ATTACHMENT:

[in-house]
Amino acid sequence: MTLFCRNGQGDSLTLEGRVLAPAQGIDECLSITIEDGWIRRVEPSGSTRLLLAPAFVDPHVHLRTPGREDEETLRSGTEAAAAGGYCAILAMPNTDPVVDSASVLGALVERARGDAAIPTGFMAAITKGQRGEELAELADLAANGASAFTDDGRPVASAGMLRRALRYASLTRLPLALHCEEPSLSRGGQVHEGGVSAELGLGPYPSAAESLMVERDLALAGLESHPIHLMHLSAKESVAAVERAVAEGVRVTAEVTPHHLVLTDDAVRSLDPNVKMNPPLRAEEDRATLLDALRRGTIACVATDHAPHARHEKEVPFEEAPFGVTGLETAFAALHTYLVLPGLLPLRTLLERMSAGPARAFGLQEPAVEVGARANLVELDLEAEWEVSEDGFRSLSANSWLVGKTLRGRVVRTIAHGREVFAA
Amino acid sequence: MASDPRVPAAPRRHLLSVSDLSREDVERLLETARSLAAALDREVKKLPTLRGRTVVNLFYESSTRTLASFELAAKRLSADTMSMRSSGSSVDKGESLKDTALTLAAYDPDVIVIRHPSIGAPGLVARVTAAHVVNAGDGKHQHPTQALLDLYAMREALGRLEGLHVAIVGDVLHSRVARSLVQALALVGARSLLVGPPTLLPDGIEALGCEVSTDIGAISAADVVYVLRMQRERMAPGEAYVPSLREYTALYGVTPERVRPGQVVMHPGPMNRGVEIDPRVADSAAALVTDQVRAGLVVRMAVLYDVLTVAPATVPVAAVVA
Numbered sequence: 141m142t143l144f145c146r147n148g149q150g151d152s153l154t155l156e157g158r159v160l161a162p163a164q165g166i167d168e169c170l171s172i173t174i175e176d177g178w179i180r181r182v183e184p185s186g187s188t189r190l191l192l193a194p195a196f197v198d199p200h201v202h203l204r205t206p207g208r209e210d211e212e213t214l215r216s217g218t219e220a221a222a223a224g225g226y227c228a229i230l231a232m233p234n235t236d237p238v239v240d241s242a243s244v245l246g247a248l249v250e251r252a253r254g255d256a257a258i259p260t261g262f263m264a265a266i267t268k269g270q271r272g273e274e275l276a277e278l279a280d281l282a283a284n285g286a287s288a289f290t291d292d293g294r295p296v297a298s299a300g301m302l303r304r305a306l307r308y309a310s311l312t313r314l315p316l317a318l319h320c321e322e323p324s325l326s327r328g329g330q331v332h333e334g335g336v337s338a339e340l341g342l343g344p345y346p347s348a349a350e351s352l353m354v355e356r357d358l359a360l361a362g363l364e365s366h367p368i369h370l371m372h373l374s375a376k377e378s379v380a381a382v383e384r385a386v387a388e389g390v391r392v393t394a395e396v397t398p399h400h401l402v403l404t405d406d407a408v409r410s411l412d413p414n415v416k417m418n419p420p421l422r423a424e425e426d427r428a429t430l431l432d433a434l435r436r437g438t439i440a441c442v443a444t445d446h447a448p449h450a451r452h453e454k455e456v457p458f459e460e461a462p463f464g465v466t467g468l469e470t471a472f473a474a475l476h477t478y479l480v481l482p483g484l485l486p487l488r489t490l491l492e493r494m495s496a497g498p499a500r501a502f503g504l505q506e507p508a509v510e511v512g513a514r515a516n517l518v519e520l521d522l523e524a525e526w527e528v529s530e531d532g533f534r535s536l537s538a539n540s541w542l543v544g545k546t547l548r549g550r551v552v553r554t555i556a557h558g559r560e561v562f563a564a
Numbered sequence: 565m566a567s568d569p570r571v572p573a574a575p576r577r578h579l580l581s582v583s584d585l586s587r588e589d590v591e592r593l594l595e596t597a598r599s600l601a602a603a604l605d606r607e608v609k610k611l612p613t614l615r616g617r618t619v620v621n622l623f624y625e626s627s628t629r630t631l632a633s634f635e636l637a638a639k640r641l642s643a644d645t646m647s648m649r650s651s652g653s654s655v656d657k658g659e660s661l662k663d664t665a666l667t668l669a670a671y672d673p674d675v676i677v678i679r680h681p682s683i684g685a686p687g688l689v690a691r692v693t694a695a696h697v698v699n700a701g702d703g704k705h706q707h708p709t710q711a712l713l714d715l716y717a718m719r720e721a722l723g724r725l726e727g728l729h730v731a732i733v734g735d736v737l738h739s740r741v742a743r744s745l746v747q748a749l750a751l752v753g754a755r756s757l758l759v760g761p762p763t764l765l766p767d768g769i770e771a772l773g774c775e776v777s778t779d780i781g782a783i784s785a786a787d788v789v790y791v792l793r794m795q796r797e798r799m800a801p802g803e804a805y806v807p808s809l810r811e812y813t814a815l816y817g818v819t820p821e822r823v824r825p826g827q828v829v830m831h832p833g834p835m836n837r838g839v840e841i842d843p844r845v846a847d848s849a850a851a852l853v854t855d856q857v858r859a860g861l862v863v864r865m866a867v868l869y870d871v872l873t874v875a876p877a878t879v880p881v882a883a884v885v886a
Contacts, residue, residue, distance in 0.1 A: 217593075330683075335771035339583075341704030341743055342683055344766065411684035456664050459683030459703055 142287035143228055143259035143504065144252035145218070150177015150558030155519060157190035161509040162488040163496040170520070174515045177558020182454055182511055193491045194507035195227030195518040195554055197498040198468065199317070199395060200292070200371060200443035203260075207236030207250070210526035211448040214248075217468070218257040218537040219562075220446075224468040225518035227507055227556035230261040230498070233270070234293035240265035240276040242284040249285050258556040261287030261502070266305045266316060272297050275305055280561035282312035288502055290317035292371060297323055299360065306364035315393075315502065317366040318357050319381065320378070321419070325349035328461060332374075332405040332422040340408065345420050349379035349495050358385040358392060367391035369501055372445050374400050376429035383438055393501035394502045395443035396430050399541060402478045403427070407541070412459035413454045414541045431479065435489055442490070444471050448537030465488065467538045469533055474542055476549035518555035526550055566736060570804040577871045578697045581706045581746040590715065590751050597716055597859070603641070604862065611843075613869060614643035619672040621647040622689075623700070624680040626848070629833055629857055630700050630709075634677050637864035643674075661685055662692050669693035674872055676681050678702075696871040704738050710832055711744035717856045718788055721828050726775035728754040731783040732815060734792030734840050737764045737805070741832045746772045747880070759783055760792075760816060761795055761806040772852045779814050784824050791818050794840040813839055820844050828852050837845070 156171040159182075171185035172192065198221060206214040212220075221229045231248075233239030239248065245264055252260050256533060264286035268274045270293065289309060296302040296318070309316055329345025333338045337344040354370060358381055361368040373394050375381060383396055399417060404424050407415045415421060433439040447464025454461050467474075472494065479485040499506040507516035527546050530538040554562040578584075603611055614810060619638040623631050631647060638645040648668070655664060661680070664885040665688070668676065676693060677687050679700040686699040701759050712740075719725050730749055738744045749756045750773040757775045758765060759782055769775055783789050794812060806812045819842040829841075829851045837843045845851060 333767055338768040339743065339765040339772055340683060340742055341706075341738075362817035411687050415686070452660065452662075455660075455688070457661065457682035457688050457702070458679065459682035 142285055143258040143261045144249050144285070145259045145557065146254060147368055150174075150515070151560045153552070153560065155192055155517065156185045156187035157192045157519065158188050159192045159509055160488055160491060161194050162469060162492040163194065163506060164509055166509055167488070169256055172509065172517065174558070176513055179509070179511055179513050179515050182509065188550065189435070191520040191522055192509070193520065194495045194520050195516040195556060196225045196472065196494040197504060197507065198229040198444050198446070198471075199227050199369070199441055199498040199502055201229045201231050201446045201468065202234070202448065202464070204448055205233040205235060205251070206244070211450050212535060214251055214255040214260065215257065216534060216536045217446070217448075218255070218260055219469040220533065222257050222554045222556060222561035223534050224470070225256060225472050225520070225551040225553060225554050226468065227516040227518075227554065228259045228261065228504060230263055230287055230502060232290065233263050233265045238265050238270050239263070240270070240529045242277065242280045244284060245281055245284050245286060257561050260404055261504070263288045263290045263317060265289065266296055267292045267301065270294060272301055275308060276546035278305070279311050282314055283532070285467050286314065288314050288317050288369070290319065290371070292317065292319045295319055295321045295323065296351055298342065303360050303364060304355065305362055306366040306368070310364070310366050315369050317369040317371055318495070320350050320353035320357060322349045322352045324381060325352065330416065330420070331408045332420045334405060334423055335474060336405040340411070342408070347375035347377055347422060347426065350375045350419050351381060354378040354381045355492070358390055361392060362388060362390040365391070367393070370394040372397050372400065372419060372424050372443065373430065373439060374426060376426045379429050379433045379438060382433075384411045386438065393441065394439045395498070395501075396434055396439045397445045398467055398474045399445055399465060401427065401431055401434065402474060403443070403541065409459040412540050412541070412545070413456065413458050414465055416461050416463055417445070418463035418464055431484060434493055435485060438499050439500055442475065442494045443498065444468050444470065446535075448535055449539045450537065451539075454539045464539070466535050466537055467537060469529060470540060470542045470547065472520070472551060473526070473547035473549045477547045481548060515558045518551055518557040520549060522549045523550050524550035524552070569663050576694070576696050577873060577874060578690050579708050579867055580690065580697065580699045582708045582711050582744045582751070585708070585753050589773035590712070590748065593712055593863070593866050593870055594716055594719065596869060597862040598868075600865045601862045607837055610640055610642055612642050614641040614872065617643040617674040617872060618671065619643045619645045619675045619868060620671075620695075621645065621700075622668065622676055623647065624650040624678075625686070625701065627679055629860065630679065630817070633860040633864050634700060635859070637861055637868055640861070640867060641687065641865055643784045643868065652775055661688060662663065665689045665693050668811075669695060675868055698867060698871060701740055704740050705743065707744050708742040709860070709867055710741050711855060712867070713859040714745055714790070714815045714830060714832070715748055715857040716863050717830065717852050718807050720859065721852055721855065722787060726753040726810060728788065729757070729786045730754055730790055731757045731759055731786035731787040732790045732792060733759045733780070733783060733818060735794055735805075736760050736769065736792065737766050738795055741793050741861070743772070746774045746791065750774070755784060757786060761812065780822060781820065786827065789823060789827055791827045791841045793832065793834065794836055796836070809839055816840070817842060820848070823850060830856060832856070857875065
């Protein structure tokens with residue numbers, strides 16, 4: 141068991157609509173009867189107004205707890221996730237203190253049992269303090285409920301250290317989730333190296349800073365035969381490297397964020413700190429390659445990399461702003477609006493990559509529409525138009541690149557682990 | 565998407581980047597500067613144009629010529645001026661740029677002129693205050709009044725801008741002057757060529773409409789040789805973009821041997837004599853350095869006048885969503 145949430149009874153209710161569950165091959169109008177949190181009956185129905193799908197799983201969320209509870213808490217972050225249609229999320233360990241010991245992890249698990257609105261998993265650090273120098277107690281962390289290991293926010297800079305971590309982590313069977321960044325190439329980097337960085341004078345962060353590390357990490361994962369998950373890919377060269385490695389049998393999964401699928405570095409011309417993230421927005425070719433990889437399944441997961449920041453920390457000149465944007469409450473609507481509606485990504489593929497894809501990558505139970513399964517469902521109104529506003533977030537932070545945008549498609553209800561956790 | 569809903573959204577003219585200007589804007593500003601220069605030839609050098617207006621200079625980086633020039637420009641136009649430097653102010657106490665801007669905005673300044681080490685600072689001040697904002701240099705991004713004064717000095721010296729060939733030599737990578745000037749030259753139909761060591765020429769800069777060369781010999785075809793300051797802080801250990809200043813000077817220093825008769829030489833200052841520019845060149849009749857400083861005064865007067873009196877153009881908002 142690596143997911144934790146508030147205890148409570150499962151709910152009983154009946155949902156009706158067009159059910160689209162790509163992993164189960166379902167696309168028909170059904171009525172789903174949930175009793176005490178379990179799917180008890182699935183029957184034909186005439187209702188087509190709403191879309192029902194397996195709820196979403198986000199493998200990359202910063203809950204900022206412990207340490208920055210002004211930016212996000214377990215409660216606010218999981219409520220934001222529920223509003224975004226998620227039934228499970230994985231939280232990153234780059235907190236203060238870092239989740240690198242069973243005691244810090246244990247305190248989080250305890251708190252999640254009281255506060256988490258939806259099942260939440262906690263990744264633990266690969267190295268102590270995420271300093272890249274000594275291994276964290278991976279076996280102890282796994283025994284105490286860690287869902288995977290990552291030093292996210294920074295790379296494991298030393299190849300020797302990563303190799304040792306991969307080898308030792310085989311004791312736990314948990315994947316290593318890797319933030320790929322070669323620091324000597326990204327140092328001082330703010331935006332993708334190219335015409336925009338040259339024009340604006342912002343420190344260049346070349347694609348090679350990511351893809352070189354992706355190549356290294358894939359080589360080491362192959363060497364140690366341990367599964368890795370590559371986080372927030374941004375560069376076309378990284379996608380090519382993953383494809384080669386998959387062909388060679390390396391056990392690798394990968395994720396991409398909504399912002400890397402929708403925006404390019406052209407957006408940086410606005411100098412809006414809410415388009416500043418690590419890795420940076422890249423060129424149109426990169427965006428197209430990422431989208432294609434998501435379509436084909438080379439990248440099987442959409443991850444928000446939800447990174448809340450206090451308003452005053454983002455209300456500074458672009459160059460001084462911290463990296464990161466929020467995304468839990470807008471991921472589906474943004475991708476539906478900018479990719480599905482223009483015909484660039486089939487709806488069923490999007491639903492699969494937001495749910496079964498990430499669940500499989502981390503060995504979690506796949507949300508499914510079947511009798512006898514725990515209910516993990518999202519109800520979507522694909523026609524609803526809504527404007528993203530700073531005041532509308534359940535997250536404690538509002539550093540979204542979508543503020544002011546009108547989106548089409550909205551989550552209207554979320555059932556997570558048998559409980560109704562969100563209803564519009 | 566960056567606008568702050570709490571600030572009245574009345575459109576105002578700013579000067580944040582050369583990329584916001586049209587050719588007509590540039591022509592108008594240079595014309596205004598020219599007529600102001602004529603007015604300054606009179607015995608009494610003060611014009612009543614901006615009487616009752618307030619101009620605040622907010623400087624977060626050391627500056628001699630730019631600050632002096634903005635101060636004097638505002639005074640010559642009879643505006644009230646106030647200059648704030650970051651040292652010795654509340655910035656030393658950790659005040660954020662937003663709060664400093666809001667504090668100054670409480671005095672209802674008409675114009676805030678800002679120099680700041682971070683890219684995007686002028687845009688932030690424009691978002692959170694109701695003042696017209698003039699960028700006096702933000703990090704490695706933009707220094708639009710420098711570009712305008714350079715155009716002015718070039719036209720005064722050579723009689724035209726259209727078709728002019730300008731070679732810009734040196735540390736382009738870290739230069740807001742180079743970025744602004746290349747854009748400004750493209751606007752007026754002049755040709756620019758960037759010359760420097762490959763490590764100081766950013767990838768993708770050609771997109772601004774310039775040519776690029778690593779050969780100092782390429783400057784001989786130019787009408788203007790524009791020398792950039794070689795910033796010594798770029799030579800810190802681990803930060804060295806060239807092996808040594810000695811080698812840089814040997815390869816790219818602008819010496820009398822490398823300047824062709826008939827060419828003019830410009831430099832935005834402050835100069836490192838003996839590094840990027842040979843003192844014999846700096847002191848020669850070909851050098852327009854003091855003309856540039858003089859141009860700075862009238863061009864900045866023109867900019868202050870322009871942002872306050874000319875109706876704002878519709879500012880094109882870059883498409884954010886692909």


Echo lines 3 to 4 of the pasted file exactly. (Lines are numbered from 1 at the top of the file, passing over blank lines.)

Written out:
Amino acid sequence: MASDPRVPAAPRRHLLSVSDLSREDVERLLETARSLAAALDREVKKLPTLRGRTVVNLFYESSTRTLASFELAAKRLSADTMSMRSSGSSVDKGESLKDTALTLAAYDPDVIVIRHPSIGAPGLVARVTAAHVVNAGDGKHQHPTQALLDLYAMREALGRLEGLHVAIVGDVLHSRVARSLVQALALVGARSLLVGPPTLLPDGIEALGCEVSTDIGAISAADVVYVLRMQRERMAPGEAYVPSLREYTALYGVTPERVRPGQVVMHPGPMNRGVEIDPRVADSAAALVTDQVRAGLVVRMAVLYDVLTVAPATVPVAAVVA
Numbered sequence: 141m142t143l144f145c146r147n148g149q150g151d152s153l154t155l156e157g158r159v160l161a162p163a164q165g166i167d168e169c170l171s172i173t174i175e176d177g178w179i180r181r182v183e184p185s186g187s188t189r190l191l192l193a194p195a196f197v198d199p200h201v202h203l204r205t206p207g208r209e210d211e212e213t214l215r216s217g218t219e220a221a222a223a224g225g226y227c228a229i230l231a232m233p234n235t236d237p238v239v240d241s242a243s244v245l246g247a248l249v250e251r252a253r254g255d256a257a258i259p260t261g262f263m264a265a266i267t268k269g270q271r272g273e274e275l276a277e278l279a280d281l282a283a284n285g286a287s288a289f290t291d292d293g294r295p296v297a298s299a300g301m302l303r304r305a306l307r308y309a310s311l312t313r314l315p316l317a318l319h320c321e322e323p324s325l326s327r328g329g330q331v332h333e334g335g336v337s338a339e340l341g342l343g344p345y346p347s348a349a350e351s352l353m354v355e356r357d358l359a360l361a362g363l364e365s366h367p368i369h370l371m372h373l374s375a376k377e378s379v380a381a382v383e384r385a386v387a388e389g390v391r392v393t394a395e396v397t398p399h400h401l402v403l404t405d406d407a408v409r410s411l412d413p414n415v416k417m418n419p420p421l422r423a424e425e426d427r428a429t430l431l432d433a434l435r436r437g438t439i440a441c442v443a444t445d446h447a448p449h450a451r452h453e454k455e456v457p458f459e460e461a462p463f464g465v466t467g468l469e470t471a472f473a474a475l476h477t478y479l480v481l482p483g484l485l486p487l488r489t490l491l492e493r494m495s496a497g498p499a500r501a502f503g504l505q506e507p508a509v510e511v512g513a514r515a516n517l518v519e520l521d522l523e524a525e526w527e528v529s530e531d532g533f534r535s536l537s538a539n540s541w542l543v544g545k546t547l548r549g550r551v552v553r554t555i556a557h558g559r560e561v562f563a564a